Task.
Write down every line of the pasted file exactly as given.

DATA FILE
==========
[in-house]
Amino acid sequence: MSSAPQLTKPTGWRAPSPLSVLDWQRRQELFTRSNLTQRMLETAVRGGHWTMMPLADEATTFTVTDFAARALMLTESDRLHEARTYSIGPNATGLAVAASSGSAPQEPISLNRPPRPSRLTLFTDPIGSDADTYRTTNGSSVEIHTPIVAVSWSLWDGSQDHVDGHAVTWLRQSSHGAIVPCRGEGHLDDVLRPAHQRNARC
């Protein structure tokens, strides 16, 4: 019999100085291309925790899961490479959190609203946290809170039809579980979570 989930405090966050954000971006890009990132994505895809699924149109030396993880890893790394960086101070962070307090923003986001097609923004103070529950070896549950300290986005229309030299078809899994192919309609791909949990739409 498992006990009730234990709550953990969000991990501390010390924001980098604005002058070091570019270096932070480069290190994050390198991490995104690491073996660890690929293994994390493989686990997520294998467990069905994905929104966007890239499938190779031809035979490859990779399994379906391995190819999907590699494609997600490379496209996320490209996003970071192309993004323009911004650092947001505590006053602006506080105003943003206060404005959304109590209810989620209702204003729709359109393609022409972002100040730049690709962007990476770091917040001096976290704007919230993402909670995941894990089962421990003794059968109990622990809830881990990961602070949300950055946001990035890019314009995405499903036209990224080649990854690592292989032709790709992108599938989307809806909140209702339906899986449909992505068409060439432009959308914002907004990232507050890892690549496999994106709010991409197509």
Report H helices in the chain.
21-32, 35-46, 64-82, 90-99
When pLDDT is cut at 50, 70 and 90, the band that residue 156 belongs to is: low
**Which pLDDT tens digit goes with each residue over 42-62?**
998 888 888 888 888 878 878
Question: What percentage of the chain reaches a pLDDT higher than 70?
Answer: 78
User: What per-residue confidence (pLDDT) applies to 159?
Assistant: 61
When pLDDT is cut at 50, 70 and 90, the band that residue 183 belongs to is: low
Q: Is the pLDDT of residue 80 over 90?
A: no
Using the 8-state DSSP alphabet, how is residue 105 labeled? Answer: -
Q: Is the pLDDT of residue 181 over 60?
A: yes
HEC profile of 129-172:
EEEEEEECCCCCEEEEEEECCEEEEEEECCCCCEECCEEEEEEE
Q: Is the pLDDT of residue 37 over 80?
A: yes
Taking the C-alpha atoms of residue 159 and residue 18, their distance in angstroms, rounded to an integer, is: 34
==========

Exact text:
[in-house]
Amino acid sequence: MSSAPQLTKPTGWRAPSPLSVLDWQRRQELFTRSNLTQRMLETAVRGGHWTMMPLADEATTFTVTDFAARALMLTESDRLHEARTYSIGPNATGLAVAASSGSAPQEPISLNRPPRPSRLTLFTDPIGSDADTYRTTNGSSVEIHTPIVAVSWSLWDGSQDHVDGHAVTWLRQSSHGAIVPCRGEGHLDDVLRPAHQRNARC
């Protein structure tokens, strides 16, 4: 019999100085291309925790899961490479959190609203946290809170039809579980979570 989930405090966050954000971006890009990132994505895809699924149109030396993880890893790394960086101070962070307090923003986001097609923004103070529950070896549950300290986005229309030299078809899994192919309609791909949990739409 498992006990009730234990709550953990969000991990501390010390924001980098604005002058070091570019270096932070480069290190994050390198991490995104690491073996660890690929293994994390493989686990997520294998467990069905994905929104966007890239499938190779031809035979490859990779399994379906391995190819999907590699494609997600490379496209996320490209996003970071192309993004323009911004650092947001505590006053602006506080105003943003206060404005959304109590209810989620209702204003729709359109393609022409972002100040730049690709962007990476770091917040001096976290704007919230993402909670995941894990089962421990003794059968109990622990809830881990990961602070949300950055946001990035890019314009995405499903036209990224080649990854690592292989032709790709992108599938989307809806909140209702339906899986449909992505068409060439432009959308914002907004990232507050890892690549496999994106709010991409197509």
Report H helices in the chain.
21-32, 35-46, 64-82, 90-99
When pLDDT is cut at 50, 70 and 90, the band that residue 156 belongs to is: low
**Which pLDDT tens digit goes with each residue over 42-62?**
998 888 888 888 888 878 878
Question: What percentage of the chain reaches a pLDDT higher than 70?
Answer: 78
User: What per-residue confidence (pLDDT) applies to 159?
Assistant: 61
When pLDDT is cut at 50, 70 and 90, the band that residue 183 belongs to is: low
Q: Is the pLDDT of residue 80 over 90?
A: no
Using the 8-state DSSP alphabet, how is residue 105 labeled? Answer: -
Q: Is the pLDDT of residue 181 over 60?
A: yes
HEC profile of 129-172:
EEEEEEECCCCCEEEEEEECCEEEEEEECCCCCEECCEEEEEEE
Q: Is the pLDDT of residue 37 over 80?
A: yes
Taking the C-alpha atoms of residue 159 and residue 18, their distance in angstroms, rounded to an integer, is: 34